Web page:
Sarasota County tourism figures for the past three months continue to show positive trends

Visit Sarasota County president says hotel general managers are forecasting demand remaining about the same as it was last year or dropping for the next three months

A chart compares Tourist Development Tax collections by location for the first two months of the current fiscal year. Image courtesy Sarasota County Tax Collector’s Office

The number of visitors to Sarasota County in December 2016 increased by only 0.5% compared to the same month in 2015, but domestic tourists “were a real bright spot,” the president of Sarasota County’s tourism agency has reported to City and County of Sarasota elected and appointed leaders.

In a Jan. 26 email, Virginia Haley of Visit Sarasota County pointed to the strong growth in the number of visitors from the Southeastern United States, especially, during the last month of 2016. Altogether, tourists in the county that month totaled 104,900, she noted, “and their spending grew by 0.3% to $91,156,300 (still not a bad number!)”

“However,” she continued, “with the strong US dollar we have seen significant drops in Canadian and European business …” The number of tourists from the United Kingdom has been “down just slightly,” she added.

As for other December 2016 statistics: Hotel occupancy declined by 1.3% — to 68.2% — and the hotel average daily room rate grew 0.9% to $174.55, Haley wrote.

Erin Duggan, vice president of Visit Sarasota County (VSC), told members of the county’s Tourist Development Council on Jan. 19 that VSC’s goal is to try to keep the hotel occupancy rate around the 80% level. She noted “all the tremendous new inventory coming online.”

Visit Sarasota County recently unveiled its new logo. Image courtesy Sarasota County

During the Nov. 17, 2016 Tourist Development Council meeting, Haley provided the members a rundown of the seven new projects underway or planned at that time, with the 139-room Aloft Hotel already having opened in February 2016 on Palm Avenue in downtown Sarasota.

When asked to look ahead for the next three months, Haley wrote in her Jan. 26 email, general managers of the county’s hotels reported demand remaining the same as it was last year or dropping.

Although the December figures for the county’s Tourist Development Tax (TDT) collections will not be available until later this month, the Tax Collector’s Office has reported that through the first two months of the 2017 fiscal year, revenue has continued to climb.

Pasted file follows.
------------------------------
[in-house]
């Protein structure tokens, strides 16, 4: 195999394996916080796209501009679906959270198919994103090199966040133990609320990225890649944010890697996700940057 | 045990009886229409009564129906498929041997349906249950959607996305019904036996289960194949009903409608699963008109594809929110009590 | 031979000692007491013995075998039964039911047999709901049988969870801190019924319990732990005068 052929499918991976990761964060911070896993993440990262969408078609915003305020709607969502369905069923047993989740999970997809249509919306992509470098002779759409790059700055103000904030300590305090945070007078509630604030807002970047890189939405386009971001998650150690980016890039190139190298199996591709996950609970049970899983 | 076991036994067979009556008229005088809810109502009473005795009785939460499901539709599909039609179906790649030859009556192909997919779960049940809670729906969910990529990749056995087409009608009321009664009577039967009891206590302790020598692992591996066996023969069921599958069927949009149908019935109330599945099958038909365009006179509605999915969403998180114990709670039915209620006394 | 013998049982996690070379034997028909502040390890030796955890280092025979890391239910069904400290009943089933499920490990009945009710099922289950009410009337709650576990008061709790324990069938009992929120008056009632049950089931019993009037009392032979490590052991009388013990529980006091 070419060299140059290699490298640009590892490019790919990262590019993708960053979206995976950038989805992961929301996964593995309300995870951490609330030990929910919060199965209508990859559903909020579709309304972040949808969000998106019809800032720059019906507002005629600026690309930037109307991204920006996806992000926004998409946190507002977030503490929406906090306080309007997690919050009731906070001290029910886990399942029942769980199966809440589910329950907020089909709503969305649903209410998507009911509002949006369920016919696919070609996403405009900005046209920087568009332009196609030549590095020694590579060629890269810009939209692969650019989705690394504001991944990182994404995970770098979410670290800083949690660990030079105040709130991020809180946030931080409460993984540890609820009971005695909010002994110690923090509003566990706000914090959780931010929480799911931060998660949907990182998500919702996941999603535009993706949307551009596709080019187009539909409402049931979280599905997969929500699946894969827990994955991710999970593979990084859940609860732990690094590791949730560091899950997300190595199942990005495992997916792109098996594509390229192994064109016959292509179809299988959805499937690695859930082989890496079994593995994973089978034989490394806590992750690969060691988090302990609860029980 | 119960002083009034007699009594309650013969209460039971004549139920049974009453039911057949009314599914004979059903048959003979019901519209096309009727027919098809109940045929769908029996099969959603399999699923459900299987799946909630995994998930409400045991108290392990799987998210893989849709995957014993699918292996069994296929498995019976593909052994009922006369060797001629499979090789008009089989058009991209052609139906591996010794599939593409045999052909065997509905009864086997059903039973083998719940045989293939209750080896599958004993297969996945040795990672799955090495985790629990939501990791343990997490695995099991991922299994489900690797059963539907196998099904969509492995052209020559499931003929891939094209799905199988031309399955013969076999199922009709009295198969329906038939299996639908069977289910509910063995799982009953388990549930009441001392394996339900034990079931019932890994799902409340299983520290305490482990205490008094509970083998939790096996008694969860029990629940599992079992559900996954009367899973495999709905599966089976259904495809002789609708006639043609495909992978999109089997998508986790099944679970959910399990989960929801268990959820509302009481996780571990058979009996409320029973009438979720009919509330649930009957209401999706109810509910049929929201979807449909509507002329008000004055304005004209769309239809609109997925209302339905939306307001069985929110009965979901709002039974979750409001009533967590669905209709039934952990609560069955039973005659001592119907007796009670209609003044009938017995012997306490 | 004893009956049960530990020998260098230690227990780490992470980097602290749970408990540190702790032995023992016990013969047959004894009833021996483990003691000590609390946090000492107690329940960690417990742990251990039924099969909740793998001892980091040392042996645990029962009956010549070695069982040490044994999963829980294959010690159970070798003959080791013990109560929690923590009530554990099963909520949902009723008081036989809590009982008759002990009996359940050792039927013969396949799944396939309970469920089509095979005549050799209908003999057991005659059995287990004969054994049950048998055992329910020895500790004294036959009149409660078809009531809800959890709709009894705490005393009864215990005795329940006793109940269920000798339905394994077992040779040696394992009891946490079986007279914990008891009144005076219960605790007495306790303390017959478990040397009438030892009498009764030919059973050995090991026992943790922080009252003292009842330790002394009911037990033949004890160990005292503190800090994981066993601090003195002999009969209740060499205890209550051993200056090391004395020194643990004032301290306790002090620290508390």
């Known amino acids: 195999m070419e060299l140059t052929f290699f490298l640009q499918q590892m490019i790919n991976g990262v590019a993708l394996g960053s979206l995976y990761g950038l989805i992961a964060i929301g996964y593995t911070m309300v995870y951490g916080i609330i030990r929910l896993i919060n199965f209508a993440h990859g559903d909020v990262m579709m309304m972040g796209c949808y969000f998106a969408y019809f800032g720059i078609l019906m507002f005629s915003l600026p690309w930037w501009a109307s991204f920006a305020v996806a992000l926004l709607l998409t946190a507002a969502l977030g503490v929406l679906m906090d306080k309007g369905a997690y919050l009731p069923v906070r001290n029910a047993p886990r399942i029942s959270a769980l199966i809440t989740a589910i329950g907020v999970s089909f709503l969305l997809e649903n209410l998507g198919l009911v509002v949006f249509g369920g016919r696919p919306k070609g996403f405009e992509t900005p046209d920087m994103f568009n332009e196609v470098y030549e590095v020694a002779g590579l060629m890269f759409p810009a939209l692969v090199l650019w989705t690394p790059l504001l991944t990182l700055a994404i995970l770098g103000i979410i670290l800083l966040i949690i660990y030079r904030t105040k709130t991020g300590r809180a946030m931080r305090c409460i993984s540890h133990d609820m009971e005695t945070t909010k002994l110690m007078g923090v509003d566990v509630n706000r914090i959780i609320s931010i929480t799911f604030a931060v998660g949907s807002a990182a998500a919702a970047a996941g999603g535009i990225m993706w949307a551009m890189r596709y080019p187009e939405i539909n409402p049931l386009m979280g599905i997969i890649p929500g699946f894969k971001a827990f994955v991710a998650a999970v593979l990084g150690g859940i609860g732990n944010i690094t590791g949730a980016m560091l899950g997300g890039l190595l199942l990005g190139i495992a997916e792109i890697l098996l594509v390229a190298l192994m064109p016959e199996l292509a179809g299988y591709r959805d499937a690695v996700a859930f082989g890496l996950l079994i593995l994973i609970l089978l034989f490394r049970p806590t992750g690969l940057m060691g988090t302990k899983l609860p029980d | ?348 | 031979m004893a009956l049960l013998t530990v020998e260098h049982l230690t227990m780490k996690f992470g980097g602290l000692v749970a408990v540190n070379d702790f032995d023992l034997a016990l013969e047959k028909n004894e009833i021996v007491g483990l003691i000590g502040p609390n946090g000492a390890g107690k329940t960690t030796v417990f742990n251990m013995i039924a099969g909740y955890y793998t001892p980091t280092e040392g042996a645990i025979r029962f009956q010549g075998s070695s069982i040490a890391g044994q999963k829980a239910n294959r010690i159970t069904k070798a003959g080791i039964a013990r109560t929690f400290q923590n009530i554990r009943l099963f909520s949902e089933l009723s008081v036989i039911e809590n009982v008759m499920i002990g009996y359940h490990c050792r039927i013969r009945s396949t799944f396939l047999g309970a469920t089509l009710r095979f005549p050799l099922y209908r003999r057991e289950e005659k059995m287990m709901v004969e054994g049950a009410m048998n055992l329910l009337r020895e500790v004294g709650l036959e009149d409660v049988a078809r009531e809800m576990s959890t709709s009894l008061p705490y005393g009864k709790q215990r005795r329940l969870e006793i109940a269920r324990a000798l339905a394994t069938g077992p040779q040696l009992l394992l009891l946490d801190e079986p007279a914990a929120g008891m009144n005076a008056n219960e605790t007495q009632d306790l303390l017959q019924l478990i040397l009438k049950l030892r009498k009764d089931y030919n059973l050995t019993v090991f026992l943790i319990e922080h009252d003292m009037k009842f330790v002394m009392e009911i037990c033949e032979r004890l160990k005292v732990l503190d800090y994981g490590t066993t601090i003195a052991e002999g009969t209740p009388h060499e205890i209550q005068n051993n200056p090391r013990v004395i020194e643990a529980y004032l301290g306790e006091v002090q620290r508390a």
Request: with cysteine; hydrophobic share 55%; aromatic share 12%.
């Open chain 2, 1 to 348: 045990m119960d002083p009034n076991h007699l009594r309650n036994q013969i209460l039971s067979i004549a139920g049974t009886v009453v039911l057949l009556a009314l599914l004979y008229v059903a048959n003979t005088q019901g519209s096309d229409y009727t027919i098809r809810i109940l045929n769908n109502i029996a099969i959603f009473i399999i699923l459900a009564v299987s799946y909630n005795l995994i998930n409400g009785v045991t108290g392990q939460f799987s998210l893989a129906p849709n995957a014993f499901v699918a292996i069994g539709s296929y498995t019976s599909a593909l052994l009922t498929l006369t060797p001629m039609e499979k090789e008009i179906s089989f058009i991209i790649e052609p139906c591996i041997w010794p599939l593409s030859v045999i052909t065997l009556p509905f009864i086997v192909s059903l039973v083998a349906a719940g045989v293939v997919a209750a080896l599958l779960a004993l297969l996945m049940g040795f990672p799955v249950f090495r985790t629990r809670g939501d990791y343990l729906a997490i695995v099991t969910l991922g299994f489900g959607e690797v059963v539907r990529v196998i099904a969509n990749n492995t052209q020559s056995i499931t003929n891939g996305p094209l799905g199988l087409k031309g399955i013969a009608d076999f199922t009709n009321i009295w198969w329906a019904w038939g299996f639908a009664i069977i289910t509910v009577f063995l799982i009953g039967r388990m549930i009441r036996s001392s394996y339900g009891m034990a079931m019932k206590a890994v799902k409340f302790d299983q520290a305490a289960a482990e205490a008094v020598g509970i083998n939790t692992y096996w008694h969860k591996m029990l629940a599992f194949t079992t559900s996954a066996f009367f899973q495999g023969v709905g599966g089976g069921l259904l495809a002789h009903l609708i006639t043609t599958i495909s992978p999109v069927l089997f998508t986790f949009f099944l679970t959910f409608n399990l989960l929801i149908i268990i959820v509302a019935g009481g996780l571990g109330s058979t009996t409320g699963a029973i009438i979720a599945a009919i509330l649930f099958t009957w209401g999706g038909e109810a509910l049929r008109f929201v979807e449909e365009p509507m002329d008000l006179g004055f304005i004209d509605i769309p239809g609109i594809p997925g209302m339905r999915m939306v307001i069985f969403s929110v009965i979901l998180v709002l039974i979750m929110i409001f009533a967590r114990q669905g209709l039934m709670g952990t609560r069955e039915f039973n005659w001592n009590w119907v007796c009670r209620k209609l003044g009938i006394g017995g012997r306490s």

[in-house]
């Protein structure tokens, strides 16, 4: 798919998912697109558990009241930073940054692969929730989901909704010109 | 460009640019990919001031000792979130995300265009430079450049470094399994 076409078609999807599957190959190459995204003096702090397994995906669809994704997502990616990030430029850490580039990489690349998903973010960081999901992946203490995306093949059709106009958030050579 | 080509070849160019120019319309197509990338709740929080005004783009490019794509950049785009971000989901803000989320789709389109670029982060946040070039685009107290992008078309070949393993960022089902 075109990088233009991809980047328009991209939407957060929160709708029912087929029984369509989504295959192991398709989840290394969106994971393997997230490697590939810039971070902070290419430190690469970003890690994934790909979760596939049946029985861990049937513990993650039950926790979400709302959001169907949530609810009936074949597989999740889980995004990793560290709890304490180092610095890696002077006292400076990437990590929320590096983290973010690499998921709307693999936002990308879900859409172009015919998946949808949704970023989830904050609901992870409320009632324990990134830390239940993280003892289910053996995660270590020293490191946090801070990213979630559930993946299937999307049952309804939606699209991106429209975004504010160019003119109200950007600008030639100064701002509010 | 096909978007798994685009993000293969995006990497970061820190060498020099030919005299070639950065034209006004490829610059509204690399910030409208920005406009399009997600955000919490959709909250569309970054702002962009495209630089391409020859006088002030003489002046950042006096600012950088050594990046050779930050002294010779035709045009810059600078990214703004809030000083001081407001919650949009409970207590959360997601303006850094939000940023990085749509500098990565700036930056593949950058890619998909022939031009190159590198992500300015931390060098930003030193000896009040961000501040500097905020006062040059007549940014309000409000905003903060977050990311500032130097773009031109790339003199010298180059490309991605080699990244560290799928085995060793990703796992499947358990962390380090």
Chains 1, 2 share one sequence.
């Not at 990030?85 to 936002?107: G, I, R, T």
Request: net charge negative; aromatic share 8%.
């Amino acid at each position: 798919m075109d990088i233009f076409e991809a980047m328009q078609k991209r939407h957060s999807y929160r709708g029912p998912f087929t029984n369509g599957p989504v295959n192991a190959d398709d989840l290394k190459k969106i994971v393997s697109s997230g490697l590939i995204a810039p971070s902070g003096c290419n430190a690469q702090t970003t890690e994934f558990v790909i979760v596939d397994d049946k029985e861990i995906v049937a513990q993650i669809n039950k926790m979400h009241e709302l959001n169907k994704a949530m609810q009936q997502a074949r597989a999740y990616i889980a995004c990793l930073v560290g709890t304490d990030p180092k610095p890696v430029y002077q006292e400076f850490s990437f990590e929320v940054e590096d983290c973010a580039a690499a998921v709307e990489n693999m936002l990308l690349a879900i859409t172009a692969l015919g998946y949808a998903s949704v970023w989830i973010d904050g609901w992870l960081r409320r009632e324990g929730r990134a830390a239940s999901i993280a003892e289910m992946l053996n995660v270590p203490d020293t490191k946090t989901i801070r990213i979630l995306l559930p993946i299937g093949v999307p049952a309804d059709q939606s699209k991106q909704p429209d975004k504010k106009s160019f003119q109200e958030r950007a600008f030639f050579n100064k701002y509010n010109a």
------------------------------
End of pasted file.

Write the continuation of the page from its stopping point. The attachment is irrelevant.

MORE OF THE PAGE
The TDT total for October 2016 was $997,831.92, up $20,509.19 from the October 2015 figure.

For November, the TDT collections added up to $1,017,538.63, an increase of $16,609.16 compared to the November 2015 figure.

Sarasota County set another record in the 2016 fiscal year for its TDT revenue, breaking the $20-million mark. In months past, Haley has cautioned county leaders that they should not bank on seeing the trend continue.

As for the TDT collections by location through November 2016: The city of Sarasota led the way, with 38.77%. Siesta Key was in second place, with 26.77% of the total.

By the end of recent fiscal years, Siesta Key has ended up surpassing the city.

The new ‘brand’

Visit Sarasota County staff has unveiled new print advertisements with the updated logo. Image courtesy Visit Sarasota County

During the Jan. 19 meeting of the county’s Tourist Development Council (TDC), Duggan reminded the advisory board members that 20% of the jobs in the county are related to tourism.

That is all the more reason, she pointed out, that the Visit Sarasota County staff works constantly on new marketing ideas and campaigns to keep visitors coming.

The evening before the TDC session, Visit Sarasota County unveiled its new “brand,” Haley noted during the Jan. 19 TDC meeting: The “Visit Sarasota” logo includes a line in smaller type that says, “beaches and beyond.”

The decision on the brand followed extensive research, Duggan explained, including work with consumer focus groups and internet surveys. “The core thing that we saw consumers say about Sarasota County that they weren’t saying about our competitive set was that they really, truly felt at ease” in the county, she added.

When the TDC members looked at the photography in Visit Sarasota County’s new marketing campaign, Duggan continued, she believed they also would find themselves thinking, “‘Ahhhh.’”

The new logo consistently was ranked first or second among those from other areas with which Sarasota County competes for tourists, she added, including the brand for the Florida Keys and Key West.